I’m thrilled, thankful, and honored to have you join me for this new set of columns as a Writer-in-Residence at Substack. We’ve been on a long, tortuous pandemic path together for nearly two years, and, unfortunately, there’s more to come.

We’re living at a time of peak mis- and disinformation, with blurring of the lines between truths, distortions, and fabrications. In early 2020, I decided to take on a new added role as a “covidologist” to try and sort out the facts, keep up with the outpouring of new science and medical reports, and provide some analyses. Virtually every day for almost 700 in a row I’ve been posting this stuff on Twitter, along with periodically writing op-eds in various newspapers (NY Times, Washington Post, Guardian), and publishing original Covid research papers with my colleagues at Scripps Research. But, as I’ve learned over and over, Twitter posts are easily misinterpreted and twisted. When Substack asked me to join for a month experiment, I thought it would be well worth a try.

Let me be clear, I have no background as a virologist, immunologist, or epidemiologist. I head up a biomedical institute at Scripps Research and I talk with my colleagues here frequently, along with many respected leaders in these fields around the world. I’m a cardiologist, still practicing, with some expertise in genomics, digital and artificial intelligence. The latter is where I got used to “ground truths,” the term referring to the accuracy of input data to train models for supervised learning. But ground truth has other meanings, originally applied to meteorology, for providing independent confirmation of remote sensing data at the site, such as by someone on the ground. At Substack, in this series of essays, I am hoping it will provide what is known to be true or real about Covid and related biomedical matters.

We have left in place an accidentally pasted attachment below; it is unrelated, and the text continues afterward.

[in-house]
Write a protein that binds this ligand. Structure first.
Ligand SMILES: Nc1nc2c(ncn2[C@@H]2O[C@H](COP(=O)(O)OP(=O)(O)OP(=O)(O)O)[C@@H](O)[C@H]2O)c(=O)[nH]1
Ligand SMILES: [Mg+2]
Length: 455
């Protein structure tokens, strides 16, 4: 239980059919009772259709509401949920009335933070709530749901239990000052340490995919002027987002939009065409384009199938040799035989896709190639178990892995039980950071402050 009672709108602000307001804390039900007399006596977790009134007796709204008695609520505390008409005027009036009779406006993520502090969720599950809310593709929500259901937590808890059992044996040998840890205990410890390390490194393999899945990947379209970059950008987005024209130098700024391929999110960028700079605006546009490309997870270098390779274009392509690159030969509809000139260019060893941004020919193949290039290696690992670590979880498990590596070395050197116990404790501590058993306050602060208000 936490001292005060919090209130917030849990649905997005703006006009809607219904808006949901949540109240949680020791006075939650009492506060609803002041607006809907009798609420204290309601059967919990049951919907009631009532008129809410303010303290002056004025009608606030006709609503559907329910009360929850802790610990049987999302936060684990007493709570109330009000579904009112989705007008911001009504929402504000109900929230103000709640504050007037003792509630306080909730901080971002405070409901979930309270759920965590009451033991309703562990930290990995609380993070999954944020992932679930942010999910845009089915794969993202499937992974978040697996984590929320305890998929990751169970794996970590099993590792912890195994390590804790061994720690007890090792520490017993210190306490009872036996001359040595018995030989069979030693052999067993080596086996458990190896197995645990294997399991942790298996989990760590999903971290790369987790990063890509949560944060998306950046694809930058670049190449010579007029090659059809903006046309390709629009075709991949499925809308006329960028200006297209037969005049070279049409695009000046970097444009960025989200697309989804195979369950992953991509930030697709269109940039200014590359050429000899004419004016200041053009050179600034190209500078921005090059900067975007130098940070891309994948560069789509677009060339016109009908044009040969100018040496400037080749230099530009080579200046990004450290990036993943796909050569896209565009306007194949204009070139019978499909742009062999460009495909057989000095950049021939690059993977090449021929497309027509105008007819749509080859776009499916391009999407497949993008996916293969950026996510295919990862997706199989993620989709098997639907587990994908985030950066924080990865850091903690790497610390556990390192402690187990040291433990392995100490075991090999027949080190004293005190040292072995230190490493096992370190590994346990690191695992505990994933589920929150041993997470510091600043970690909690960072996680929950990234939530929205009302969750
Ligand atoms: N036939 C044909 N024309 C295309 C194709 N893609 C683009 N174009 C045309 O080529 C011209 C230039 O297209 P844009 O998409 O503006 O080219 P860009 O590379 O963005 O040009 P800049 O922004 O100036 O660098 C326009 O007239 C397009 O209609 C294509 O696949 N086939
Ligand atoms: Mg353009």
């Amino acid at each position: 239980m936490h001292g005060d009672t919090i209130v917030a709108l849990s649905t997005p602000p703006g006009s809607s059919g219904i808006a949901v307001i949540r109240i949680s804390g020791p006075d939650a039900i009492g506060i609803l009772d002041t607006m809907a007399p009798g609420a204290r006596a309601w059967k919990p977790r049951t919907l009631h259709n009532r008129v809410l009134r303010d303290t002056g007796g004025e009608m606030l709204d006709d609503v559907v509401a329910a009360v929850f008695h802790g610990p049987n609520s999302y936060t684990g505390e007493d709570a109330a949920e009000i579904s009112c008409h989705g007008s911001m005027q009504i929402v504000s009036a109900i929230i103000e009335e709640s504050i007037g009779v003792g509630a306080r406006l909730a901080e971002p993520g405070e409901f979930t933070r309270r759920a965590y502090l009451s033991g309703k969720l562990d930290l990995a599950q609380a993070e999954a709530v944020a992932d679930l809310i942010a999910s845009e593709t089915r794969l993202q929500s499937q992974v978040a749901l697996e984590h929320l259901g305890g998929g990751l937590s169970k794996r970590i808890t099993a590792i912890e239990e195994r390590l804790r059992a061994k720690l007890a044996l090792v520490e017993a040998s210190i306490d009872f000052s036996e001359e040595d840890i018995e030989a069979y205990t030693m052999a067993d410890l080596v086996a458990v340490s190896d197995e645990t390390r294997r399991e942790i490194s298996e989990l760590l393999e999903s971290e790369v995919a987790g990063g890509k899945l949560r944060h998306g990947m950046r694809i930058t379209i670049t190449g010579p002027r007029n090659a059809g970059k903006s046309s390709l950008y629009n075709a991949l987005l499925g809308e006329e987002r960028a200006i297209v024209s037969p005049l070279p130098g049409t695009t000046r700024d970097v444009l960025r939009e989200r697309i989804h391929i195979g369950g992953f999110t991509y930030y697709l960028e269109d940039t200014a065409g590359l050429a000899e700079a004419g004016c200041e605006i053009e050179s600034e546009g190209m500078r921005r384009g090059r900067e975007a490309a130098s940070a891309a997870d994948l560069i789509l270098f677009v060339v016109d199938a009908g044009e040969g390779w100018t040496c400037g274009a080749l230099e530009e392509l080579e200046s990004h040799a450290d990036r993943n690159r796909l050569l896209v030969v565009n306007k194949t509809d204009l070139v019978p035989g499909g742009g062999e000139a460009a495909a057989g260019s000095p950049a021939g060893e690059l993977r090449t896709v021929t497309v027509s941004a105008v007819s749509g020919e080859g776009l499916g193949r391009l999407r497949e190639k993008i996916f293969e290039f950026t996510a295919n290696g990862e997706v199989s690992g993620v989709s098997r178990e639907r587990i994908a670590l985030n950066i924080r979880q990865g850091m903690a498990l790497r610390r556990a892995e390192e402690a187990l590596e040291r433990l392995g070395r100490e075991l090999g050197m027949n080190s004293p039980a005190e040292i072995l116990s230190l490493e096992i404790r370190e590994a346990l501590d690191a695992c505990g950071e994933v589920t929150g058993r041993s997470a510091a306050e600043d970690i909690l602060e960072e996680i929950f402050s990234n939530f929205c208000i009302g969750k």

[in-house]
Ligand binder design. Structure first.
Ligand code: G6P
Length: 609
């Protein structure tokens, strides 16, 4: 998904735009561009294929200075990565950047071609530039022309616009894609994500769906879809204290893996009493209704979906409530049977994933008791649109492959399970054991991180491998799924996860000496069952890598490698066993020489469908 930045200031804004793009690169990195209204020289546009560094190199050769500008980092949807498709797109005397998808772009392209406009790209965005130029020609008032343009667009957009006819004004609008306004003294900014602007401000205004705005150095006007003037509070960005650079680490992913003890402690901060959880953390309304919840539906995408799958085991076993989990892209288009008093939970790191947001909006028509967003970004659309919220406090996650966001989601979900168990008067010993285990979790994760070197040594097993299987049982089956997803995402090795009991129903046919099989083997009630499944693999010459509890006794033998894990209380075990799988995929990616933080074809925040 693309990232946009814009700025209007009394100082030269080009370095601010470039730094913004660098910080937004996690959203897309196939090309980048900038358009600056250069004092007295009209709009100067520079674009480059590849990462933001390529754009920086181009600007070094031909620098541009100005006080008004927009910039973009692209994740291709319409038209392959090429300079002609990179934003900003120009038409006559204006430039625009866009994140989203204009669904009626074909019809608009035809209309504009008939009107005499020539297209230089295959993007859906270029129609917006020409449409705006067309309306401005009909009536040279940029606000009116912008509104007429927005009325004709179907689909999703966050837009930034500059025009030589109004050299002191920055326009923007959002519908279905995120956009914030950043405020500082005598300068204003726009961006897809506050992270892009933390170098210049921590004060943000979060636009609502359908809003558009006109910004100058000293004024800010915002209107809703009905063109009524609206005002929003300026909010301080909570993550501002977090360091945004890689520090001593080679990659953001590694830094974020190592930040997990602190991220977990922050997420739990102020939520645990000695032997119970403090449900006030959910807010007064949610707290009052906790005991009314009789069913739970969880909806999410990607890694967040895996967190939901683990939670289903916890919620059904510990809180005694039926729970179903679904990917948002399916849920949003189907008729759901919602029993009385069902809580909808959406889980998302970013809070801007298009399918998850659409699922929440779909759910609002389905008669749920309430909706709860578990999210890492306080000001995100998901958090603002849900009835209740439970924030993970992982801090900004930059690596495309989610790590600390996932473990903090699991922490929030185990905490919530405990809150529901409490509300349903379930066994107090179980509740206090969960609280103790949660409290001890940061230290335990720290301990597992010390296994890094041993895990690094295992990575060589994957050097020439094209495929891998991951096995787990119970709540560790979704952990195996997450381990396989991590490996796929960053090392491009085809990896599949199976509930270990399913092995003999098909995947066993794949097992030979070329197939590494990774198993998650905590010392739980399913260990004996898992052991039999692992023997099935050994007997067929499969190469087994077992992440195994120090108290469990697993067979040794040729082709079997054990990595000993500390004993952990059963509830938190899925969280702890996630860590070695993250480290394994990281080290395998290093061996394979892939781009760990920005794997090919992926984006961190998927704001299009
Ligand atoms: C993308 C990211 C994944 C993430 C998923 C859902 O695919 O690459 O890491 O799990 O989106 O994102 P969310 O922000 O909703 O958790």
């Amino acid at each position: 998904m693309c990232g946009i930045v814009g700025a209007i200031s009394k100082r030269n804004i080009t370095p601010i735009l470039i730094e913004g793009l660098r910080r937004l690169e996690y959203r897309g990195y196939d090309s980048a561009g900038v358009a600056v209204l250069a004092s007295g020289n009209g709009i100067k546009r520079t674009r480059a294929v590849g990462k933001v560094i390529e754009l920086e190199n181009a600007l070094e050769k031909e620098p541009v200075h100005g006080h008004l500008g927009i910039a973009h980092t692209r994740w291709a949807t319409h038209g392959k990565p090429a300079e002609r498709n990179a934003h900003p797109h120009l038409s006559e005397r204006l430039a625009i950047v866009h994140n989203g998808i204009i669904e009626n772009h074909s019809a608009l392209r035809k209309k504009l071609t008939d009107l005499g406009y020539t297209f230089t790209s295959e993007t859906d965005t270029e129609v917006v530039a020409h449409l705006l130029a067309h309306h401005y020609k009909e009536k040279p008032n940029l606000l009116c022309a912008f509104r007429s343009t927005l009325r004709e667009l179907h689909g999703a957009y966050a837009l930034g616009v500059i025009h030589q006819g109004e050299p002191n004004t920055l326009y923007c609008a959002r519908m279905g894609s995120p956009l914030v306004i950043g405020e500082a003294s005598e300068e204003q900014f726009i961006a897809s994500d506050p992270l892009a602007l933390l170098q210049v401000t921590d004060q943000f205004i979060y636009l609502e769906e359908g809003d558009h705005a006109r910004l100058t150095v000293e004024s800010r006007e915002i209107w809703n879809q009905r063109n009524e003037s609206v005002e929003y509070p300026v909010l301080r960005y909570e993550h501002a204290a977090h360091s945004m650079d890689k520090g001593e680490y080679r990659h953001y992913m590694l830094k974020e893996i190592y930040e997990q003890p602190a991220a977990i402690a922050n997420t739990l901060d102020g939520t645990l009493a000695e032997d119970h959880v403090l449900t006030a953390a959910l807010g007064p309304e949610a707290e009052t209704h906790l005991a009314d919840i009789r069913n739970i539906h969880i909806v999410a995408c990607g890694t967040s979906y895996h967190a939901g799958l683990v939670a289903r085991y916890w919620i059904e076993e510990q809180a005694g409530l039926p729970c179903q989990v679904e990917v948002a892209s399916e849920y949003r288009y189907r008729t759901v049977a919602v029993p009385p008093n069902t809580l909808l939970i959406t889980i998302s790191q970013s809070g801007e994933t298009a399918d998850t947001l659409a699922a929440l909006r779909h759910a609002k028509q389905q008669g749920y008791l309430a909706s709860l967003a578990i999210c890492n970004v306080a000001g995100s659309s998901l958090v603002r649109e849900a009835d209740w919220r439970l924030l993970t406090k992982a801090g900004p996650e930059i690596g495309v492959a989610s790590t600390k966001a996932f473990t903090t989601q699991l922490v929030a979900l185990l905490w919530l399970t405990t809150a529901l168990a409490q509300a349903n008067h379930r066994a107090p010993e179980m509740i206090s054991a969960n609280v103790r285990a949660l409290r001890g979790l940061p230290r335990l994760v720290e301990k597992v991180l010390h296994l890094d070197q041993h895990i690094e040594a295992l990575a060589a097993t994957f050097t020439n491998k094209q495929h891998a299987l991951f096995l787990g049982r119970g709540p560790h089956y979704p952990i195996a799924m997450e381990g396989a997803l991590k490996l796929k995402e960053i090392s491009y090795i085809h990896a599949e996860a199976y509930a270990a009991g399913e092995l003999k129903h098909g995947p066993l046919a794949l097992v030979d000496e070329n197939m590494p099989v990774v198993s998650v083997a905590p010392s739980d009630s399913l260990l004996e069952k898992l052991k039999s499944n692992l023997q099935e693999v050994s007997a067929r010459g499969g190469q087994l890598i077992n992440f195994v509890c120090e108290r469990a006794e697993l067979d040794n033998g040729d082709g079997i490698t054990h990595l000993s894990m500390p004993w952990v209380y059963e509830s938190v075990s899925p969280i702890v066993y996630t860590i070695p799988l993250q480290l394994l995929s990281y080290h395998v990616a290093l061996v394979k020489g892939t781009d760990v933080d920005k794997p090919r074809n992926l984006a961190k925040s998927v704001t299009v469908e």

It’s important to emphasize that just as the SARS-CoV-2 virus has evolved substantially over the past two years, so has our knowledge. What’s true today may be proven false tomorrow. That’s science. In fact, challenging dogma is one of my favorite parts of science. It is something—along with “Tell it like it is”—that I have vigorously pushed my trainees and young faculty to do throughout my career.

There’s a bias to highlight. I am an optimist, always looking, when possible, for the brighter side when interpreting findings. But when the evidence is clear-cut, as it was for third shot (boosters) in August, I reluctantly made the call these would be important to protect the protected.  That was met with considerable backlash from many public health experts, maintaining that 2 doses of vaccines were fully protective against symptomatic infections, hospitalizations, and deaths. Randomized trials and large-scale effectiveness studies proved that to be wrong, but the signals were already quite evident months earlier. It’s a signal that I consider to be a ground truth. Besides vaccine manufacturers, who the hell wanted there to be a need for boosters after 6 months? And to lay it out, I have no relationship or financial conflicts with any pharmaceutical company or vaccine manufacturer.

I’ll always be looking for humor. That’s why I have curated and posted cartoons for over a decade. It goes along with the optimistic bent, trying to maintain a level of levity and sanity, especially in tough times. Here’s one of all-time my favorites.

I'll be posting at least once a week with thoughts on the unfolding data. I hope you’ll find Ground Truths worth your time, and I’ll look forward to your comments. Obviously, you’re not in the “people don’t read” camp —you are the folks I’m interested to hear and learn from!


People

Eric Topol
physician-scientist, author, editor
Eric Topol
physician-scientist, author, editor